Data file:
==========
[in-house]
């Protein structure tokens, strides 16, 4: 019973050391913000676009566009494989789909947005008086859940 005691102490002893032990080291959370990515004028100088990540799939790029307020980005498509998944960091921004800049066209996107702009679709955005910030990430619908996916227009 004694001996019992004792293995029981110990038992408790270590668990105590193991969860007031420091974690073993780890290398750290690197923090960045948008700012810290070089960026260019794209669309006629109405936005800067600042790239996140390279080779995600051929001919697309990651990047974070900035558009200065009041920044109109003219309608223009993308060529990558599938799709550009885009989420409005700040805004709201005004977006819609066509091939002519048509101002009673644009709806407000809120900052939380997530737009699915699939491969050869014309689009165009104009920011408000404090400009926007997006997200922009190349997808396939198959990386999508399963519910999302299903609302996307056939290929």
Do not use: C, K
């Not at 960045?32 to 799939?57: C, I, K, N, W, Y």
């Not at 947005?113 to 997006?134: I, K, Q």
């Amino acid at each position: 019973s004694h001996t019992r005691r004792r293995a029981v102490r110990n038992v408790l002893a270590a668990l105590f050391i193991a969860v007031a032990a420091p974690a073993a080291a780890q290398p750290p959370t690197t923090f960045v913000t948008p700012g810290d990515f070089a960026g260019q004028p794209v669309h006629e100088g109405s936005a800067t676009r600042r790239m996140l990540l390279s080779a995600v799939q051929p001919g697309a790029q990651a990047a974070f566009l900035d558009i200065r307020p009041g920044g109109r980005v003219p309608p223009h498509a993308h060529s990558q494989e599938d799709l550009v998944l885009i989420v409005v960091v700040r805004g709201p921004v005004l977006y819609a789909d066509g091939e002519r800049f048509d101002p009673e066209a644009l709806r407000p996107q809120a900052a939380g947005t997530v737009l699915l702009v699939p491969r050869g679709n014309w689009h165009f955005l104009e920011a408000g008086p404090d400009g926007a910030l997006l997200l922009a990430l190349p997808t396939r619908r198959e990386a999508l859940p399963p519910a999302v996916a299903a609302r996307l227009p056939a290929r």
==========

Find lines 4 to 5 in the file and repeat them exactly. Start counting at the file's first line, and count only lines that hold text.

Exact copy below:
């Not at 960045?32 to 799939?57: C, I, K, N, W, Y």
């Not at 947005?113 to 997006?134: I, K, Q």